Extreme growth calls for extreme measures, says David Gilbert.
“Any time you’re in hypergrowth, people are usually asked to go above and beyond the call of duty,” says Gilbert, CEO of Five Point Capital, which provides equipment financing to small businesses. “Flexibility is crucial.”
And Gilbert understands growth. Since co-founding Five Point with president Dave Feder in 1999, the company’s revenue has grown to $12 million in 2005, a three-year growth rate of nearly 1,000 percent.
Smart Business spoke with Gilbert about learning from mistakes and why constantly improving can be as simple as knowing what needs to improve.
How do you communicate your vision to your staff?
We communicate monthly what the goals are for the next month. We communicate quarterly what the goals are for the next quarter. We have goal-setting at the beginning of the year as to what the goals are for the next year.
There’s constant measuring of goals throughout the organization. It could be simple stuff on the intranet to larger communications such as a quarterly meeting, and within the individual meetings, there’s a lot of communication as to what’s going on in terms of the vision of the organization.
We have an employee survey, and we found one of the top rankings at the organization was that the company felt that they understood the vision. That’s the result of constant reinforcement.
How did the employee survey benefit your company?
Our goal when we came up with the survey was to learn the good and the bad of the organization, and we wanted to make adjustments. The survey found a few shortcomings and couple of the key ones were benefits and training. It’s a fast-growing company.
When we started the company, we didn’t understand the value of benefits to the point that we should have. As our company became more dynamic, we needed to address those needs. With our hypergrowth, we didn’t support it with enough training. So we brought in a director of training to help support that.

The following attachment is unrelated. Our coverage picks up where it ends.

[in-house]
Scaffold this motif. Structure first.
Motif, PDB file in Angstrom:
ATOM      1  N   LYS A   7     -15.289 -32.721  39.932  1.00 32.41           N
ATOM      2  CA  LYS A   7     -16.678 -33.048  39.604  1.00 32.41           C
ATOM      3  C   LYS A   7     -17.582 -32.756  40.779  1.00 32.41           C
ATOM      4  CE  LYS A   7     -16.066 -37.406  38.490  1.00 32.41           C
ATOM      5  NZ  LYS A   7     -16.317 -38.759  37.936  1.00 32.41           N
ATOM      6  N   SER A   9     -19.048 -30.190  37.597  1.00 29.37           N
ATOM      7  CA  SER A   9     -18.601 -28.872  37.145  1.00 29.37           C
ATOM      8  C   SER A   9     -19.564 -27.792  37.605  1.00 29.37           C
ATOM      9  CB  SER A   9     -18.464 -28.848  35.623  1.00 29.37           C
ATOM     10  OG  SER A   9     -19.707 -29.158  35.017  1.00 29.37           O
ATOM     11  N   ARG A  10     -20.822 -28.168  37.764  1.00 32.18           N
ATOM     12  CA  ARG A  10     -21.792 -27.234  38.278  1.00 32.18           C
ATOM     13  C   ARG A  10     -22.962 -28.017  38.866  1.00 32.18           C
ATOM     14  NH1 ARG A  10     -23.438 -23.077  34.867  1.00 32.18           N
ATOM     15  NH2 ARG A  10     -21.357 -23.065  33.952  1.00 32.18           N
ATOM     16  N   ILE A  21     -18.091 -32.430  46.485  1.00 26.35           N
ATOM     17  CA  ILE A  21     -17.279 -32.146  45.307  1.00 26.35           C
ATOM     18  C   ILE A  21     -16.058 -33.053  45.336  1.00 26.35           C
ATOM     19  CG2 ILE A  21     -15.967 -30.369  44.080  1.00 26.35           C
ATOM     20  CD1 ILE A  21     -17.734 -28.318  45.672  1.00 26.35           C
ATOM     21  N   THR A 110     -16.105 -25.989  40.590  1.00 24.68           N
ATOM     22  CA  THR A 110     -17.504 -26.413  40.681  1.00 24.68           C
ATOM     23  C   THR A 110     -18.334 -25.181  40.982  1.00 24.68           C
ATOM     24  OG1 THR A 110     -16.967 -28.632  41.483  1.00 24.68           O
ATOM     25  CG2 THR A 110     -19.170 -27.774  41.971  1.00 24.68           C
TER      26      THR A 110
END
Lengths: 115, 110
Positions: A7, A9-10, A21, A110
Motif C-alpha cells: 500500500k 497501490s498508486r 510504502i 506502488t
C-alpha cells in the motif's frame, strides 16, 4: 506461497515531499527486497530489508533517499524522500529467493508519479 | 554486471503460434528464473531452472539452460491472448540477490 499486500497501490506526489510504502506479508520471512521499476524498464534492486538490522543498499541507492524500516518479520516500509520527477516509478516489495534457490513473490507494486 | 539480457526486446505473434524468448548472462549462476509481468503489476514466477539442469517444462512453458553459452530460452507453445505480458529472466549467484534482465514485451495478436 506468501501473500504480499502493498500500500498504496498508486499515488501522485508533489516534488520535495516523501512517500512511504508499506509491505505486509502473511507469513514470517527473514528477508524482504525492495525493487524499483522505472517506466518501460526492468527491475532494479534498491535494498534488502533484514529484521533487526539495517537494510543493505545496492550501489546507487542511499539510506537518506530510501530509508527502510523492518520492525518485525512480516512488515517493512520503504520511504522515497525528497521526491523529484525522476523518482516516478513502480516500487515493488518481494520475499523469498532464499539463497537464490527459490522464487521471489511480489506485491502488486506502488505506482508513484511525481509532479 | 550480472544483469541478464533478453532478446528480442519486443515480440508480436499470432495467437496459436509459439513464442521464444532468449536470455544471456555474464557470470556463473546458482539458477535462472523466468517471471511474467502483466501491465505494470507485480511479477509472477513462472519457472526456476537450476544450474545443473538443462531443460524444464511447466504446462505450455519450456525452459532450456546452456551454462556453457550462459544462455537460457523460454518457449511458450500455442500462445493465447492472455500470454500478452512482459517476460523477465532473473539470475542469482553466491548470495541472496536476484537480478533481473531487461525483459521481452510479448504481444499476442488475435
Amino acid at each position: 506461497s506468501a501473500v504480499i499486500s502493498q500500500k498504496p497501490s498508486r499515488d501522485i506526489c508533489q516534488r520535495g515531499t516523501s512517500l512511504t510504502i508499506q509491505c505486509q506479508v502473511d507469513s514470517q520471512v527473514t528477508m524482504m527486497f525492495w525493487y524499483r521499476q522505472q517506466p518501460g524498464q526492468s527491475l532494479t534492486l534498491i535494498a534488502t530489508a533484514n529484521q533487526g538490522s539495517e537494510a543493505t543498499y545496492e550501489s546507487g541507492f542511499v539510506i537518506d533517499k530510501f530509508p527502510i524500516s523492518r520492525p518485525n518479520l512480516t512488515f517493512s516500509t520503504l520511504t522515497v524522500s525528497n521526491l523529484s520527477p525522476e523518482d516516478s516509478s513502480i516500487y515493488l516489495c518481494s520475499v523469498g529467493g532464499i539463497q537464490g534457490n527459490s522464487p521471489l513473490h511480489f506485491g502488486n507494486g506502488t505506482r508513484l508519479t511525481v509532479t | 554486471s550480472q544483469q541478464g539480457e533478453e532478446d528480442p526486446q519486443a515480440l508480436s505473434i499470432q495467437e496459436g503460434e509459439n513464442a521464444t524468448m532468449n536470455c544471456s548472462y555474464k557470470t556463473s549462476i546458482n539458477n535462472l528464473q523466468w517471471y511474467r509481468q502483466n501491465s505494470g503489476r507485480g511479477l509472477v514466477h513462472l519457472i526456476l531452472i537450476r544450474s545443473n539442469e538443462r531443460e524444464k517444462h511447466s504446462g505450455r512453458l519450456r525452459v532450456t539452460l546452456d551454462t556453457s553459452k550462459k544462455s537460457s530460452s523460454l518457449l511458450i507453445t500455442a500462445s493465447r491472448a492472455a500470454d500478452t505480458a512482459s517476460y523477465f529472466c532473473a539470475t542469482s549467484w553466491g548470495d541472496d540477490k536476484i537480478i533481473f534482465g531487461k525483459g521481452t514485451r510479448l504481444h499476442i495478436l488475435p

Implementing training into this organization was our biggest growing pain. Because we’re growing so rapidly, we lacked the training that was needed to bring somebody to an all-star level. We didn’t focus on that enough.
We stretched too many people too thin. Training at all companies is really undervalued. People expect training to be done on a one-onone basis. People need to be better trained to do their job, and it needs to be continuous training. A lot of times, you do initial training and forget about the importance of continuous training.
How would you describe your leadership style?
We don’t want to micromanage here. We want people to feel that they should make and are capable of making a decision. If the decision turns out to be a bad one, justify why that decision was made.
If it all made logical sense and it was just a poor decision, that’s fine, but if there’s no basis and no rationale to make your decision, that’s another situation. Employees in general don’t like to be micromanaged.
They want to feel a sense of empowerment, entitlement and a sense that their opinion and what they do in their day-to-day activity matters, and it does matter and it’s reinforced all the time.
How do you learn from mistakes?
Usually if mistakes have occurred or we’re upset about a situation, we do a write-up as to what occurred. Why did we make the decision? What was the rationale behind the decision? Why did the performance not work? Was it a good or bad decision at the end of the day?
We reflect quite a bit to figure out what we could have done better. A lot of people don’t benchmark why they made that decision and what really occurred to get better in their decision-making. People learn from their experiences.
They learn from the good and the bad of what they do in their job on the leadership side and they constantly improve. That’s one of our core values.
How would you describe your company culture?
It’s a young, face-paced, innovative company, and when I say young, I mean young-hearted. The mindset is to constantly work on improving the organization. We have a really dedicated staff that understands part of our vision is to grow extremely rapidly.
In order to do that, it’s not your average person that’s going to work here. Certain people want stability and certain people want high-growth and that’s what they thrive on, so balancing the two is a tough challenge.
My partner and I started this company when we were 23 and 24, and we have an enormous vision to grow the company and we want our people to have that type of mindset. And without the leadership, it couldn’t occur. If you want a great company, it needs to start at the top.
HOW TO REACH: Five Point Capital, (800) 317-3404 or www.fivepointcapital.com